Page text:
In May 2011, a remarkable thing happened on the Internet in America. It was the month that Netflix, the streaming video service, overtook pirated content as the largest portion of Internet traffic. Until this moment, digital content was being shared mainly via BitTorrent, but it was all pirated from its original sources.
Netflix offers an all-you-can-watch package for just US$10/month that streams video over an Internet connection to any US home. Not only is it cheap, but it’s legal; and by overtaking BitTorrent a precedent was set. Now, there are rumours Netflix might be coming to South Africa and that the proposed partner is Telkom.
A Telkom representative confirmed that the company has spoken to “a number of people internationally” but wouldn’t say who. The two major players are Netflix and Hulu, the latter being a collective service owned by several US television networks.
Should Netflix arrive in South Africa — and there are strong rumours that the company already has servers in a data centre here — it will be as much of a game changer as it was internationally.
Netflix may have started the video streaming trend, but others have jumped on the bandwagon, most notably Amazon and Apple. Amazon’s cut-price Kindle Fire tablets are designed to work with its $79/year Prime offering, which originally provided next-day postal delivery, but now also gives access to a vast digital library of TV shows and movies.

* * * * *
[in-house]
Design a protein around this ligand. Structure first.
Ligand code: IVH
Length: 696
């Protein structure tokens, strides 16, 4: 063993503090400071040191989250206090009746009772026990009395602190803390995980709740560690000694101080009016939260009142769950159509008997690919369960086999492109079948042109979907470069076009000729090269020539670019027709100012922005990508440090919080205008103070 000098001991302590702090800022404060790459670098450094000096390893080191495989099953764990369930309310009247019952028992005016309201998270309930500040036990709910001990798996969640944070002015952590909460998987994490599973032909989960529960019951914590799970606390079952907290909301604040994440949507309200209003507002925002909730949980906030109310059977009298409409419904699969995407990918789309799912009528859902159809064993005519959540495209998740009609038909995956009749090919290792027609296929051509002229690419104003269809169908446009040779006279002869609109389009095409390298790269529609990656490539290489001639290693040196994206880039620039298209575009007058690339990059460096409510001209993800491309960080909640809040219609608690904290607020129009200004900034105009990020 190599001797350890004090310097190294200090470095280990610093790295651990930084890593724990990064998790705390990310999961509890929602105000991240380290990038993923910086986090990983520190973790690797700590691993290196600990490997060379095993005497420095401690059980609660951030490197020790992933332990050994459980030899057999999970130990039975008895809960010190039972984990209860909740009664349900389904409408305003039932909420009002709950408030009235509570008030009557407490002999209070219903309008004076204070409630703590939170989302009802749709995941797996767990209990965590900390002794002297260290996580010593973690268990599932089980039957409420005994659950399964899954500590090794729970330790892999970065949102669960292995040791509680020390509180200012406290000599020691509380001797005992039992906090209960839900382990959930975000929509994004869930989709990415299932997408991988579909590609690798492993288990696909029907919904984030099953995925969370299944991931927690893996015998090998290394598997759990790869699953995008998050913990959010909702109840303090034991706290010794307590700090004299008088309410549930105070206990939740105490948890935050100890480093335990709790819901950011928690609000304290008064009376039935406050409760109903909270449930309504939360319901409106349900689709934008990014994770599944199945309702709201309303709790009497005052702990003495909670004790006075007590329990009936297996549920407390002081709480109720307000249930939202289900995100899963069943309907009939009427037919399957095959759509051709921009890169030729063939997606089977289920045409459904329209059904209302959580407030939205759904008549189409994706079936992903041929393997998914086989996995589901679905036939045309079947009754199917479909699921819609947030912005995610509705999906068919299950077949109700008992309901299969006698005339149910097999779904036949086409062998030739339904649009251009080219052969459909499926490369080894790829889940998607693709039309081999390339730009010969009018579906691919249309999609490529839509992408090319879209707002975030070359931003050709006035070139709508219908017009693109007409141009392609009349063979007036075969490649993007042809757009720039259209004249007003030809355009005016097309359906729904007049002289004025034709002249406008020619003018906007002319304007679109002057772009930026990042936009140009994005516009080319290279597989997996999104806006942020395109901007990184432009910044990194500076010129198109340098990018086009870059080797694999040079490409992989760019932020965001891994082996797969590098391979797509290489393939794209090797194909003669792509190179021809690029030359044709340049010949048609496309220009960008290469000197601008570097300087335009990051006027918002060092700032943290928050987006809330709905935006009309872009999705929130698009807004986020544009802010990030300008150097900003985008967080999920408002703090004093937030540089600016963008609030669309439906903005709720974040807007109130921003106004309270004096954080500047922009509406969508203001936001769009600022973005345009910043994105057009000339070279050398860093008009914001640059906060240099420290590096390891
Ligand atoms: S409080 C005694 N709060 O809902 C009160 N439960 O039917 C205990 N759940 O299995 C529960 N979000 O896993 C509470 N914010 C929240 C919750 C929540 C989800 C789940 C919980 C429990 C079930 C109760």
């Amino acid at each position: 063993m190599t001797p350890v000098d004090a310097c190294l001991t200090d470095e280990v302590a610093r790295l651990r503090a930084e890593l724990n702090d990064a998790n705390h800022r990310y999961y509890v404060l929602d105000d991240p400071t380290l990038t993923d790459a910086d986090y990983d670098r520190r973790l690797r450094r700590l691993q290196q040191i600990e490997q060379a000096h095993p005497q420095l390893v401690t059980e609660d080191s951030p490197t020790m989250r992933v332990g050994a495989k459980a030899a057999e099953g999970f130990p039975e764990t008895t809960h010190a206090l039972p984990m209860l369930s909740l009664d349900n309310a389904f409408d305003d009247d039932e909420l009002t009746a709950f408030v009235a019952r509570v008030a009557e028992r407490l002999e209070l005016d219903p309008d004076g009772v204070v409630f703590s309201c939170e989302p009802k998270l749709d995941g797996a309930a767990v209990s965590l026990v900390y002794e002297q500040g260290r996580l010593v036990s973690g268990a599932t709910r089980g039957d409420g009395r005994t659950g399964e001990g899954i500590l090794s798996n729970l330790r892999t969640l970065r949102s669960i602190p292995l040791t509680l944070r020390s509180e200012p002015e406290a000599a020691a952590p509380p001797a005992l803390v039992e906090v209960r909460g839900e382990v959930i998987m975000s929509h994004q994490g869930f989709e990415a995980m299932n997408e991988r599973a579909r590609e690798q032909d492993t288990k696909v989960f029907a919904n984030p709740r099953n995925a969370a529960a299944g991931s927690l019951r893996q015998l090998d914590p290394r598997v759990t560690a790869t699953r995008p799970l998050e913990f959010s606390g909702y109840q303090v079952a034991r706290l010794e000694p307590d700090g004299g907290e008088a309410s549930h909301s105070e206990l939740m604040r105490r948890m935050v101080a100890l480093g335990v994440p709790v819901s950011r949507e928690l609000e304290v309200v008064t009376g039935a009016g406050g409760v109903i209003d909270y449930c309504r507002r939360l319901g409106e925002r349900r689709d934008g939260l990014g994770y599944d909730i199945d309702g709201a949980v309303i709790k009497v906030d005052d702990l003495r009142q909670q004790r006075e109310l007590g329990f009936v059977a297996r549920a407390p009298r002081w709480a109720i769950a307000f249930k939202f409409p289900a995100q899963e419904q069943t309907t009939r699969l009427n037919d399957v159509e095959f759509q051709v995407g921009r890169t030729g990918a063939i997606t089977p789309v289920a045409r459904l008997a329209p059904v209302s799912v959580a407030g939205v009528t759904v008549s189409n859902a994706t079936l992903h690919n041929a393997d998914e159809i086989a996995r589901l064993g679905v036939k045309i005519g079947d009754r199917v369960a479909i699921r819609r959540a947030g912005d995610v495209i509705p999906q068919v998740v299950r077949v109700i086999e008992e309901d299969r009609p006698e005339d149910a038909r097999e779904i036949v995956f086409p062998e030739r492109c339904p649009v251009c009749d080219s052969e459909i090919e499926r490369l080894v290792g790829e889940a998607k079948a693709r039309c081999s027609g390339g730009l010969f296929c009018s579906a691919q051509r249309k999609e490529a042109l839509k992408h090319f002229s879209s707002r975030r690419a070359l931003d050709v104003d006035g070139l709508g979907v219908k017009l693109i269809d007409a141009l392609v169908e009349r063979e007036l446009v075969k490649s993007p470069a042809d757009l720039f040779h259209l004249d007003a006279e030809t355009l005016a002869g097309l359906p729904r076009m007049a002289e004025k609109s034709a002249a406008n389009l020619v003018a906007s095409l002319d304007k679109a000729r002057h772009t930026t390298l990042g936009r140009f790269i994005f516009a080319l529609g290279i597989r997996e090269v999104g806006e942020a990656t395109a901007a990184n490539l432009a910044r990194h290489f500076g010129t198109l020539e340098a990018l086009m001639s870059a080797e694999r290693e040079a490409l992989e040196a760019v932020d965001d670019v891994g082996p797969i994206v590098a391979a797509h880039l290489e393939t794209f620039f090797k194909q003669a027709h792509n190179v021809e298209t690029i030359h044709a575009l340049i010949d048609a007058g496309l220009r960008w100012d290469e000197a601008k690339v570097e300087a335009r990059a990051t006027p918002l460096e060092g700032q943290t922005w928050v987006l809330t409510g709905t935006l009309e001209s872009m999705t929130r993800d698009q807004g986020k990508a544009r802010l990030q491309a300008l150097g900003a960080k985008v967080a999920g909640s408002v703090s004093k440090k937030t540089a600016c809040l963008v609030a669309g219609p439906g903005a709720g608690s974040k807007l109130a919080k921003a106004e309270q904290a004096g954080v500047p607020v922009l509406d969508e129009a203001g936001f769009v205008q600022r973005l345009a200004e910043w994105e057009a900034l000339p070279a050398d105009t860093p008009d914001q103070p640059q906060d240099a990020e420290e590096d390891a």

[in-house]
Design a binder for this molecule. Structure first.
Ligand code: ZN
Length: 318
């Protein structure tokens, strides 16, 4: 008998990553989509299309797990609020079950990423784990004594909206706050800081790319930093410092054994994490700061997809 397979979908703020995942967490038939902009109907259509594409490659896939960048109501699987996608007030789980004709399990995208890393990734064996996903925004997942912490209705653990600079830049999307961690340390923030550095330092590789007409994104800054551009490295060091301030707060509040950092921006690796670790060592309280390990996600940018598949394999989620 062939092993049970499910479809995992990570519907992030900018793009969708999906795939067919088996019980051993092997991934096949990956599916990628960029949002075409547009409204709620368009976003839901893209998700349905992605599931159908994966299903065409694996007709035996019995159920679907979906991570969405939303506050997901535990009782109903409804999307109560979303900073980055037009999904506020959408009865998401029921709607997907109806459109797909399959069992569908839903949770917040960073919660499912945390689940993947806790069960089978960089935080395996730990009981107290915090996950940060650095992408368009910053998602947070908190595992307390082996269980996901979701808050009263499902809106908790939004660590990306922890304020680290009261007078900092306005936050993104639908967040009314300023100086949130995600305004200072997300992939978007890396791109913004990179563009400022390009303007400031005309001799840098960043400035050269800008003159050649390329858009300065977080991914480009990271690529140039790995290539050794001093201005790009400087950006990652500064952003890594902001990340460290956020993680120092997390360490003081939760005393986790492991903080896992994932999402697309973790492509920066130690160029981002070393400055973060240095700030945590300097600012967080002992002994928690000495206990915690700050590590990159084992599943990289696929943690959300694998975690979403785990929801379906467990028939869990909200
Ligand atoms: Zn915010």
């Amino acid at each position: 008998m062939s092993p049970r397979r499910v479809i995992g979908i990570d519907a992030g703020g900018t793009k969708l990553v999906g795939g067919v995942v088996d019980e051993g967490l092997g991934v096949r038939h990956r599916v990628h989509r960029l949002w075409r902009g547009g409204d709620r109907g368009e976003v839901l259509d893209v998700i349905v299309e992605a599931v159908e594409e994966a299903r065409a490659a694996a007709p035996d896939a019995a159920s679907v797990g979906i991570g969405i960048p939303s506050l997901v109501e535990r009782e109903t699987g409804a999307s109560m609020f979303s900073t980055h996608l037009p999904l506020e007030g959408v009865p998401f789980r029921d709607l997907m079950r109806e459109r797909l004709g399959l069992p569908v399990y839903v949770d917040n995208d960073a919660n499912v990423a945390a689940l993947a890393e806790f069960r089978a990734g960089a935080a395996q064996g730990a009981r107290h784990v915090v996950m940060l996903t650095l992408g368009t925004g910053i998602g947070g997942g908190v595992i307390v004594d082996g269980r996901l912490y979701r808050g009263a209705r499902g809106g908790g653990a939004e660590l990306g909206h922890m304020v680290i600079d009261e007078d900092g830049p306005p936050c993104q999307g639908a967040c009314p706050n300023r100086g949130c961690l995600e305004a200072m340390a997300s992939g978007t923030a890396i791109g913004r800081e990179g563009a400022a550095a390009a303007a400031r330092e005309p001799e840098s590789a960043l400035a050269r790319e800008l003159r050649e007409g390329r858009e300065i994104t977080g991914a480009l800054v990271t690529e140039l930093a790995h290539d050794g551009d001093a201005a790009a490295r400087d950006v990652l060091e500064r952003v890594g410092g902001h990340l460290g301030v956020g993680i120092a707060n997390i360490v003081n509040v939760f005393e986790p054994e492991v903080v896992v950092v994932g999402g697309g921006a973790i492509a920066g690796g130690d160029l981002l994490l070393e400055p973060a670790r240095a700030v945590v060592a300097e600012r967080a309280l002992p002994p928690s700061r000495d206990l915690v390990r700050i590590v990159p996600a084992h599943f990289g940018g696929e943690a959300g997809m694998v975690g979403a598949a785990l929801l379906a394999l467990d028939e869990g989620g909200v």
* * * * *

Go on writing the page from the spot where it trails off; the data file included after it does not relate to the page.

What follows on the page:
The Netflix rumours are worth watching, especially if you have an interest in how MultiChoice will respond to what will be the first real competition to its pay-TV monopoly.
Two really dumb decisions came to light in the South African technology space this week.
The first was government’s decision to back Microsoft Office and the antiquated Delphi programming language (over the more current Java) exclusively for the school curriculum. It’s a short-sighted and seemingly irrational decision.
Sure, Microsoft is the de facto standard and no one ever got fired for buying it, as the joke goes, but really? Who got to whom, and who got what deal, are the questions that need asking.
The other dumb decision was the Advertising Standards Authority siding with stupidity by ruling against the term “iPad with WiFi + cellular” because someone thought “cellular” meant they could make phone calls. Really?
The mind boggles. Clearly the person who bought the iPad must be the only one alive who doesn’t know an iPad is not a cellphone. The complaint to the advertising authority smacks of vindictiveness, because their provider, MTN, refused, quite legitimately, to return their money.
- Toby Shapshak is publishing editor of Stuff magazine. Follow him on Twitter
- This column was first published in the Financial Mail